DP6906 Do the Biggest Aisles Serve a Brighter Future? Global Retail Chains and Their Implications for Romania
|Author(s):||Beata Javorcik, Yue Li|
|Publication Date:||July 2008|
|Keyword(s):||backward linkages, global retail chains, productivity, Romania|
|Programme Areas:||International Trade and Regional Economics|
|Link to this Page:||cepr.org/active/publications/discussion_papers/dp.php?dpno=6906|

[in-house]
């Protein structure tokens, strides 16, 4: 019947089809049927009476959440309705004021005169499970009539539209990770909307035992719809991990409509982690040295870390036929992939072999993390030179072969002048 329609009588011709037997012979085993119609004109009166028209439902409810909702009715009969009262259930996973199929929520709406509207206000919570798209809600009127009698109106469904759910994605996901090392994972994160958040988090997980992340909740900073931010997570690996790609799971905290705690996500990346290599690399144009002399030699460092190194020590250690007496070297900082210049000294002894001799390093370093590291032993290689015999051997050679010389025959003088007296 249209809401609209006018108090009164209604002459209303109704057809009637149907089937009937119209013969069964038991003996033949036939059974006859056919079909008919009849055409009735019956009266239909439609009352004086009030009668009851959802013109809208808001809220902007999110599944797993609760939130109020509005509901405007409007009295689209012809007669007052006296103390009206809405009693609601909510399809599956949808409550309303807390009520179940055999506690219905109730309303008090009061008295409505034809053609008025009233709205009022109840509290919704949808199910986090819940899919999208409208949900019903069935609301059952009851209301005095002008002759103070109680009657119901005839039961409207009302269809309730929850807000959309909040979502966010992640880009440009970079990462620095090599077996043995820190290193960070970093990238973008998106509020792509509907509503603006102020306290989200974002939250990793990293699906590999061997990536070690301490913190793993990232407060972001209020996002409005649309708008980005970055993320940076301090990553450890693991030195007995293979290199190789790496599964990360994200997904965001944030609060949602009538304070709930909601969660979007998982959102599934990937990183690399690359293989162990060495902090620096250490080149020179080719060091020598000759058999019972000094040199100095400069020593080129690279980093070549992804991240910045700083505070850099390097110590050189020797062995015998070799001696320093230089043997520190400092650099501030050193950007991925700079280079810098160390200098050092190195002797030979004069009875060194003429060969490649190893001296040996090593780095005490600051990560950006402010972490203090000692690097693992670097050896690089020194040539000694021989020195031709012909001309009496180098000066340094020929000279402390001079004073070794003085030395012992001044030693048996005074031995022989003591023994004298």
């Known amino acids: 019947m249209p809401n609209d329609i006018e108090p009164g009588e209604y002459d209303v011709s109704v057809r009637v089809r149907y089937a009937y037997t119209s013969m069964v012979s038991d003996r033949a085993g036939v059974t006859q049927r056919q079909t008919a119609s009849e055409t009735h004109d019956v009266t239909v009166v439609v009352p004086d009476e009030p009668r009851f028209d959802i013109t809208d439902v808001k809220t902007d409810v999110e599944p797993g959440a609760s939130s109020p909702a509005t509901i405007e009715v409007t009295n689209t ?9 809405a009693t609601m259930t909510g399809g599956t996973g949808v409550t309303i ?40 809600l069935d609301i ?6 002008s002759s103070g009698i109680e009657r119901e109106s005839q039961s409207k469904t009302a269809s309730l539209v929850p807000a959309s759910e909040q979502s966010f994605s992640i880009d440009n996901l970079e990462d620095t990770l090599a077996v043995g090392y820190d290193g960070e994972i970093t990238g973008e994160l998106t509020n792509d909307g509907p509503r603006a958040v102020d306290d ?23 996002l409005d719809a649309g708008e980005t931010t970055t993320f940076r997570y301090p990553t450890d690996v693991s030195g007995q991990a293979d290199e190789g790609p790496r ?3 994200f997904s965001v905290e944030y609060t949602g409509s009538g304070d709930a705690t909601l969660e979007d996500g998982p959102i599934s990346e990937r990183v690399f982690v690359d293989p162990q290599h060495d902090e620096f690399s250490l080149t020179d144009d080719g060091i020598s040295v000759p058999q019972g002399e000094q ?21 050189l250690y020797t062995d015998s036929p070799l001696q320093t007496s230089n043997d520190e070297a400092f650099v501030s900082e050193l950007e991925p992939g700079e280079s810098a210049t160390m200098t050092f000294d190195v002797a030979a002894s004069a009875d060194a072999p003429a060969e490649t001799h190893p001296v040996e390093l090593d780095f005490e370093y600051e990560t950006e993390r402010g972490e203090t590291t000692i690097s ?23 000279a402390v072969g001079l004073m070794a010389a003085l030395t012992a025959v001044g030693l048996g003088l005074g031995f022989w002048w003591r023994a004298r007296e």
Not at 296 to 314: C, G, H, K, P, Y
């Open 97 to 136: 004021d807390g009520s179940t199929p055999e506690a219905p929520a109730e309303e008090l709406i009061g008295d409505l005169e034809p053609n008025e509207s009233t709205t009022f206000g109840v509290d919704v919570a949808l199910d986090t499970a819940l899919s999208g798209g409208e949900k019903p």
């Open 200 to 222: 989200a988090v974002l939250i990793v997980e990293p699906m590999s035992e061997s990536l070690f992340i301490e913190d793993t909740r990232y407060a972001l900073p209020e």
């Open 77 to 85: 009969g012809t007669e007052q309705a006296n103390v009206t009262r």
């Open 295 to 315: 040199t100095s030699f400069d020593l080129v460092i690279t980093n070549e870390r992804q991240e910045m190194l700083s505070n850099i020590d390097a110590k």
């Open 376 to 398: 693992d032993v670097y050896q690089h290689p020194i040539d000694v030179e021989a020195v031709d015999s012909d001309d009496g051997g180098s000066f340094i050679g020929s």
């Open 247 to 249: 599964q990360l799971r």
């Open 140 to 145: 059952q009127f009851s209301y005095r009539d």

During the past two decades many economies have opened their retail sector to foreign direct investment, yet little is known about possible implications of such liberalization on the economies of developing host countries. Using firm-level data from Romania, this study examines how the presence of global retail chains affects firms in the supplying industries. Applying a difference-in-differences method, the econometric analyses yield the following conclusions. The expansion of global retail chains leads to a significant increase in the total factor productivity in the supplying industries. Their presence in a region increases the total factor productivity of firms in the supplying industries by 15.2 percent and doubling the number of chains leads to a 10.8 percent increase in total factor productivity. However, the expansion benefits larger firms the most and has a much smaller impact on small enterprises. This conclusion is robust to several extensions and specifications, including the instrumental variable approach. These results suggest that the opening of the retail sector to foreign direct investment may stimulate productivity growth in upstream manufacturing and extend our understanding of foreign direct investment in service sectors.